Synchrotron Radiation Workshop (SRW) is a powerful synchrotron radiation simulation tool and has been widely used at synchrotron facilities all over the world. During the last decade, many types of X-ray wavefront sensors have been developed and used. In this work, we present our recent effort on the development of at-wavelength metrology simulation based on SRW mainly focused on the Hartmann Wavefront Sensor (HWS). Various conditions have been studied to verify that the simulated HWS is performing as expected in terms of accuracy. This at-wavelength metrology simulation tool is then used to align KB mirrors by minimizing the wavefront aberrations. We will present our optimization process to perform an ‘in situ’ alignment using conditions as close as possible to the real experiments (KB mirrors with different levels of figure errors or different misalignment geometry).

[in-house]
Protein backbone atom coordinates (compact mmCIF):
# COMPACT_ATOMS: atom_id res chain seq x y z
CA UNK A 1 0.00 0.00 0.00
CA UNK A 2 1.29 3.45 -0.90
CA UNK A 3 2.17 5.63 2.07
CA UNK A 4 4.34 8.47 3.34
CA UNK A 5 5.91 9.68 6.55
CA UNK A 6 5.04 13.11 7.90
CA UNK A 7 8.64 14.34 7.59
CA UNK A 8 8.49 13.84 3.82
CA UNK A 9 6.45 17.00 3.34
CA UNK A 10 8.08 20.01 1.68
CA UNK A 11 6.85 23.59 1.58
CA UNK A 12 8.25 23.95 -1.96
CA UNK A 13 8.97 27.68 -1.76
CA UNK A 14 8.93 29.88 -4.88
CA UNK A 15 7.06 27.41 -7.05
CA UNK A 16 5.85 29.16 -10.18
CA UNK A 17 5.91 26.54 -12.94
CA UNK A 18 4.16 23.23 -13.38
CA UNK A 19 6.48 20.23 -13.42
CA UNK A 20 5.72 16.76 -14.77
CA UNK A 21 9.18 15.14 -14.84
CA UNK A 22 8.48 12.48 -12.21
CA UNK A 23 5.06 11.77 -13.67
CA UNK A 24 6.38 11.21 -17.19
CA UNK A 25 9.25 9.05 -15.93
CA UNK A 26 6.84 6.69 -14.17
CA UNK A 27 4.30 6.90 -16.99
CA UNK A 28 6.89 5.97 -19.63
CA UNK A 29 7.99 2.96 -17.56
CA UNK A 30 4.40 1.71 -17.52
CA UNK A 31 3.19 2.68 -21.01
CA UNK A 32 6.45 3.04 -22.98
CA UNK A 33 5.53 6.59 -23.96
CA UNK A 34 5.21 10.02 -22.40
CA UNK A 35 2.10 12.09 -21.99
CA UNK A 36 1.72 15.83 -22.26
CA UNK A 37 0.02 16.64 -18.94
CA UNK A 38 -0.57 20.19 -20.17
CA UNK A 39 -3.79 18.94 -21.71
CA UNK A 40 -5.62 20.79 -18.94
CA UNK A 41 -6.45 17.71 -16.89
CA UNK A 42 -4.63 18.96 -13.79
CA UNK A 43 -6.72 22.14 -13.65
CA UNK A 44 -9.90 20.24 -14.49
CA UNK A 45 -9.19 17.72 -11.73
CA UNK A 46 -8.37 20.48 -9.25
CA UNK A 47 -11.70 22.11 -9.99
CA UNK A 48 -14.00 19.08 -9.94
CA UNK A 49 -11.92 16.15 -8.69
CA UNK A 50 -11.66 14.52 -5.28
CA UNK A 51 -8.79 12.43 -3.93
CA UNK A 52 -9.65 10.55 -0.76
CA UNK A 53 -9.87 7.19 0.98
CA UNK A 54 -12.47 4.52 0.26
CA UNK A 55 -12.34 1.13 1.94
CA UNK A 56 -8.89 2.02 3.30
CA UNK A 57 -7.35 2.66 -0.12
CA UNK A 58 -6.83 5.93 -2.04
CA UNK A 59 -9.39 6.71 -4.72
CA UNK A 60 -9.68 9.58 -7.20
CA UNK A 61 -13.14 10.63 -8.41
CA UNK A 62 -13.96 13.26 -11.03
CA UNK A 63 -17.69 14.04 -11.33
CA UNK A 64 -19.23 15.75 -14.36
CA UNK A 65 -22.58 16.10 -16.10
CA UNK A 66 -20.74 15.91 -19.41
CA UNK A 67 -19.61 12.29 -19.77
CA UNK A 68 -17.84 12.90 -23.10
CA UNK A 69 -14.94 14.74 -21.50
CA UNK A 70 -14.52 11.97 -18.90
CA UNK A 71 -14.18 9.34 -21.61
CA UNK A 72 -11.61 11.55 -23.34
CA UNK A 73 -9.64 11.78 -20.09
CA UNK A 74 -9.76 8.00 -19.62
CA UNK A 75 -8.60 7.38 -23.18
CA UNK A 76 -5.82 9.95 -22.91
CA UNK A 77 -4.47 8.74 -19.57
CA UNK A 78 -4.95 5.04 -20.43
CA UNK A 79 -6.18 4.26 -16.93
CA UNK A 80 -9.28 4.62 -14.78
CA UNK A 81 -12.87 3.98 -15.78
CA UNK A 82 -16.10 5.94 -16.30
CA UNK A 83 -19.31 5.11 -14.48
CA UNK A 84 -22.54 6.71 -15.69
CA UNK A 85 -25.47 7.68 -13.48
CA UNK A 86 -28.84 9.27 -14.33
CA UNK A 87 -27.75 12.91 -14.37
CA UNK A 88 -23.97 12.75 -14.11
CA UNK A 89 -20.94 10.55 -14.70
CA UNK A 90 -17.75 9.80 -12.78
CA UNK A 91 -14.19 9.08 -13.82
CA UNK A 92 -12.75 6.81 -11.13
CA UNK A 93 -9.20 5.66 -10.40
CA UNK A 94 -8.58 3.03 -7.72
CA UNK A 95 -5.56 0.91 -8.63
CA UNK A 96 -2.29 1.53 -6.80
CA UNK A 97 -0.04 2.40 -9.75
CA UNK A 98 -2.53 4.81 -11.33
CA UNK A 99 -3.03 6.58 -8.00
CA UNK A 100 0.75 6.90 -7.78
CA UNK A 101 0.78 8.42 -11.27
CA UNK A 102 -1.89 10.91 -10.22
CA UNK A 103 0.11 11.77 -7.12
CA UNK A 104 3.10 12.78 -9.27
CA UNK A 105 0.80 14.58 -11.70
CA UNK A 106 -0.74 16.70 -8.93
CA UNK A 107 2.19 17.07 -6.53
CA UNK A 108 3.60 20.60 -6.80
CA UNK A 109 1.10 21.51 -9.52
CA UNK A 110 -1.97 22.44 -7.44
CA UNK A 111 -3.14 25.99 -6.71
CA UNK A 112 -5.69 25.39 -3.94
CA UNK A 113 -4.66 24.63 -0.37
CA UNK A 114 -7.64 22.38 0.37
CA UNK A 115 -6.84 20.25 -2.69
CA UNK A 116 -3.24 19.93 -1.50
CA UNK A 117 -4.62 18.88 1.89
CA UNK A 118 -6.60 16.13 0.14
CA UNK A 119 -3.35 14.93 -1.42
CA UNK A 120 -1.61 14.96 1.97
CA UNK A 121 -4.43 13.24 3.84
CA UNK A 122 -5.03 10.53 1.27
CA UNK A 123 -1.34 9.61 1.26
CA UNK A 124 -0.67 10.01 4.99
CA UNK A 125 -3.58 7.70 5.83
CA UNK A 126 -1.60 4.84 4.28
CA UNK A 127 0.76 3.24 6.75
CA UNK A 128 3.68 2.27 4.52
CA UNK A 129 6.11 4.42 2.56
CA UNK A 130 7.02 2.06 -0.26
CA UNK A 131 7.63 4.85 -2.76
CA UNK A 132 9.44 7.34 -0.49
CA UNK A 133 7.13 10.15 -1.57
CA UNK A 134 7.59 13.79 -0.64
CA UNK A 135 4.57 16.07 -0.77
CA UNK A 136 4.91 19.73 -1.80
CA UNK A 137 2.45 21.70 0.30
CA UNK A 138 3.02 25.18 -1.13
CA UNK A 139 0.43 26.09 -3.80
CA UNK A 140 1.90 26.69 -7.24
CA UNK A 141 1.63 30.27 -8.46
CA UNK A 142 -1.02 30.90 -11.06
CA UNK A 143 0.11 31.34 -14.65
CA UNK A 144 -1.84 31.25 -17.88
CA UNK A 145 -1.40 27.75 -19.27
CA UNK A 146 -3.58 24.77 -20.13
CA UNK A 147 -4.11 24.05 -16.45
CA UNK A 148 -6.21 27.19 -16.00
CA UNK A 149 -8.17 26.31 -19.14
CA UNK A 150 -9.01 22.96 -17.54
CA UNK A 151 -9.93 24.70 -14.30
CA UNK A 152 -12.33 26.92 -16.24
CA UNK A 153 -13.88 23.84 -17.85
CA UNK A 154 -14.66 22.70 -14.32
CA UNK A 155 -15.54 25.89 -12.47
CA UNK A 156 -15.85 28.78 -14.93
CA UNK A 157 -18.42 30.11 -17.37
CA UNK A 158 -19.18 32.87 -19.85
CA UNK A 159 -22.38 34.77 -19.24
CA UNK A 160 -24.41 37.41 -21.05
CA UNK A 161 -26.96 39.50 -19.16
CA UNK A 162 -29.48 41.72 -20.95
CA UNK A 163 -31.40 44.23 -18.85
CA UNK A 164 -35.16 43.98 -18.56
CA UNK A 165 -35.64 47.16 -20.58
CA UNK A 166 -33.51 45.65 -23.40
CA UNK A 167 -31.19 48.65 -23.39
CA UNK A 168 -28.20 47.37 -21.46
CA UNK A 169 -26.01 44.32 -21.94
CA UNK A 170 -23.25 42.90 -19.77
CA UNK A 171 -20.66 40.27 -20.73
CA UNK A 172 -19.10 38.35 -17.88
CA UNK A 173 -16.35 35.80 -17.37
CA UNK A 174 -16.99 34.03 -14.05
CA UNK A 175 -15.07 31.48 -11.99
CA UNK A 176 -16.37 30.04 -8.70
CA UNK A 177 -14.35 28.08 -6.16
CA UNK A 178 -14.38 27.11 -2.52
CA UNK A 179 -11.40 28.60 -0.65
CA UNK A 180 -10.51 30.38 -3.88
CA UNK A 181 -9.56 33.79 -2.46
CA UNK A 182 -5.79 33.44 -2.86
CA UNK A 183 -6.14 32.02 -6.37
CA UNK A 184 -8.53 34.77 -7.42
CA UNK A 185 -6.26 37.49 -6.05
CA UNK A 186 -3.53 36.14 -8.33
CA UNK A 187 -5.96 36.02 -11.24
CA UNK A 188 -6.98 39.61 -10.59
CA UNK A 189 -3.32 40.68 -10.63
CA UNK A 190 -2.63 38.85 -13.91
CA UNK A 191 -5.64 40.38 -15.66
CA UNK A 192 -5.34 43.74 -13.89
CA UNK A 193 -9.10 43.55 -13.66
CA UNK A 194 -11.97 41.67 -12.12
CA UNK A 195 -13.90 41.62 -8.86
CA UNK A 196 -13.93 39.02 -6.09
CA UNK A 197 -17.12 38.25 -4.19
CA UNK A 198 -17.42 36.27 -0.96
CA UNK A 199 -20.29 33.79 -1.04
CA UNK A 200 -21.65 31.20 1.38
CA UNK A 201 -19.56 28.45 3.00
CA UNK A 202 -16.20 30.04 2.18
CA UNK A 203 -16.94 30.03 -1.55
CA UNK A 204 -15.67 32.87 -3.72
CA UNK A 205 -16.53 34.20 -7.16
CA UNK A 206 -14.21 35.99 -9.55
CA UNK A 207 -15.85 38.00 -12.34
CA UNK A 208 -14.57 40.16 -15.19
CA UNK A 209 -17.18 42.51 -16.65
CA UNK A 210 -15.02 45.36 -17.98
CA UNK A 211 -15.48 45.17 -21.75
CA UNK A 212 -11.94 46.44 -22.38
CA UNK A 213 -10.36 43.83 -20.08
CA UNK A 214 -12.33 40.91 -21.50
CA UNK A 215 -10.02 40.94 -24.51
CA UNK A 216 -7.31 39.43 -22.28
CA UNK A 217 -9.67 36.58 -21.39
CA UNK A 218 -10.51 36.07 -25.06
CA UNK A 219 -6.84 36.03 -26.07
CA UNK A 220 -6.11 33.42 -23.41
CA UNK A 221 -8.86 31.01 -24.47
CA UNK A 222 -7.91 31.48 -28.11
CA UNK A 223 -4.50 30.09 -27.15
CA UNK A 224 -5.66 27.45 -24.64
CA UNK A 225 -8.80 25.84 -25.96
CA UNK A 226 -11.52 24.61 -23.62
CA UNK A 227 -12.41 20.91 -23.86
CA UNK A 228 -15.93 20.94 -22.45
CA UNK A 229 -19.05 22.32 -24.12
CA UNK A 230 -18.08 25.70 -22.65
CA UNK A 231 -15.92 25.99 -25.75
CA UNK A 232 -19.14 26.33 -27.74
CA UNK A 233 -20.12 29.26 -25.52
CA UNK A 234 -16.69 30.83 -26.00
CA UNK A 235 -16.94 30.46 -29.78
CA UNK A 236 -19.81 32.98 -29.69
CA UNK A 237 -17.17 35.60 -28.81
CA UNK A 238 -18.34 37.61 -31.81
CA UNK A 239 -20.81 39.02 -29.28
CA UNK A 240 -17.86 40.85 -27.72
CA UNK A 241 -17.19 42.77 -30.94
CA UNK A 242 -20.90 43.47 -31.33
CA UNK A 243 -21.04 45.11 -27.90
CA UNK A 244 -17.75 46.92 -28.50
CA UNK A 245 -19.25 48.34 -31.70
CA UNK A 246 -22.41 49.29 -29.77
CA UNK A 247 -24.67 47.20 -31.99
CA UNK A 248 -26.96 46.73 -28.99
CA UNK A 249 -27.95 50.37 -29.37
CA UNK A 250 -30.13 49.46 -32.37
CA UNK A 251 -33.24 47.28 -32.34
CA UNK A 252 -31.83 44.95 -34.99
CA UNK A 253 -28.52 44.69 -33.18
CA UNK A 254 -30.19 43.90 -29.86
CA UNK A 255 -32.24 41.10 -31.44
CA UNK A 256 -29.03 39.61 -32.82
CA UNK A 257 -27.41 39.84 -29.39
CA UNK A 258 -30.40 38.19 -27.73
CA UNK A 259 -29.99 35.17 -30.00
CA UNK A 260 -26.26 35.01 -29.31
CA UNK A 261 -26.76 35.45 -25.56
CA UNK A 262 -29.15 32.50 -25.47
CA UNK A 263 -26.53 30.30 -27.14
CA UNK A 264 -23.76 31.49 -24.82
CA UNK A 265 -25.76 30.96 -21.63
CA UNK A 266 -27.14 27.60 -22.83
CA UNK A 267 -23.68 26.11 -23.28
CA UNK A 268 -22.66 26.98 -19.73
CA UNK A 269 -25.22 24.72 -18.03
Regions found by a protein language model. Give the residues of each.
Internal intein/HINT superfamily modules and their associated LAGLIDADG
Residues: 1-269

“Sirepo” is an open source cloud-based software framework which provides a convenient and user-friendly web-interface for scientific codes such as Synchrotron Radiation Workshop (SRW) running on a local machine or a remote server side. SRW is a physical optics code allowing to simulate the synchrotron radiation from various insertion devices (undulators and wigglers) and bending magnets. Another feature of SRW is a support of high-accuracy simulation of fully- and partially-coherent radiation propagation through X-ray optical beamlines, facilitated by so-called “Virtual Beamline” module. In the present work, we will discuss the most important features of Sirepo/SRW interface with emphasis on their use for commissioning of beamlines and simulation of experiments at National Synchrotron Light Source II. In particular, “Flux through Finite Aperture” and “Intensity” reports, visualizing results of the corresponding SRW calculations, are being routinely used for commissioning of undulators and X-ray optical elements. Material properties of crystals, compound refractive lenses, and some other optical elements can be dynamically obtained for the desired photon energy from the databases publicly available at Argonne National Lab and at Lawrence Berkeley Lab. In collaboration with the Center for Functional Nanomaterials (CFN) of BNL, a library of samples for coherent scattering experiments has been implemented in SRW and the corresponding Sample optical element was added to Sirepo. Electron microscope images of artificially created nanoscale samples can be uploaded to Sirepo to simulate scattering patterns created by synchrotron radiation in different experimental schemes that can be realized at beamlines.